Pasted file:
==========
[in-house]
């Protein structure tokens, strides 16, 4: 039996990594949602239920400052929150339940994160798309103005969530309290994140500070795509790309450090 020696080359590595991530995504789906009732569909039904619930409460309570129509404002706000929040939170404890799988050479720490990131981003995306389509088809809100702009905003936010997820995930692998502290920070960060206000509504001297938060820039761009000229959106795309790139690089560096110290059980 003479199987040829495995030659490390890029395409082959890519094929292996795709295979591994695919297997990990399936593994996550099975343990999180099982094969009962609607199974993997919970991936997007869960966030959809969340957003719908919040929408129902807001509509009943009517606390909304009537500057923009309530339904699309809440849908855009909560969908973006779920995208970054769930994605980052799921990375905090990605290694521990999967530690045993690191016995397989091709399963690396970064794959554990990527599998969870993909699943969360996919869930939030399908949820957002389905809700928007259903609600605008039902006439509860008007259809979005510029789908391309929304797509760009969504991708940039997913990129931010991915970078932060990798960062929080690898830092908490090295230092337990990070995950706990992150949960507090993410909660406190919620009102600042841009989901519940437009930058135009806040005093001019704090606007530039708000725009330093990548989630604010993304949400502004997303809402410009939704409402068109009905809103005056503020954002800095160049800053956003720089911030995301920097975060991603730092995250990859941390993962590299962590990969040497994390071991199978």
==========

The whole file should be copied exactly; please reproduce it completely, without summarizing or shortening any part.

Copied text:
[in-house]
């Protein structure tokens, strides 16, 4: 039996990594949602239920400052929150339940994160798309103005969530309290994140500070795509790309450090 020696080359590595991530995504789906009732569909039904619930409460309570129509404002706000929040939170404890799988050479720490990131981003995306389509088809809100702009905003936010997820995930692998502290920070960060206000509504001297938060820039761009000229959106795309790139690089560096110290059980 003479199987040829495995030659490390890029395409082959890519094929292996795709295979591994695919297997990990399936593994996550099975343990999180099982094969009962609607199974993997919970991936997007869960966030959809969340957003719908919040929408129902807001509509009943009517606390909304009537500057923009309530339904699309809440849908855009909560969908973006779920995208970054769930994605980052799921990375905090990605290694521990999967530690045993690191016995397989091709399963690396970064794959554990990527599998969870993909699943969360996919869930939030399908949820957002389905809700928007259903609600605008039902006439509860008007259809979005510029789908391309929304797509760009969504991708940039997913990129931010991915970078932060990798960062929080690898830092908490090295230092337990990070995950706990992150949960507090993410909660406190919620009102600042841009989901519940437009930058135009806040005093001019704090606007530039708000725009330093990548989630604010993304949400502004997303809402410009939704409402068109009905809103005056503020954002800095160049800053956003720089911030995301920097975060991603730092995250990859941390993962590299962590990969040497994390071991199978």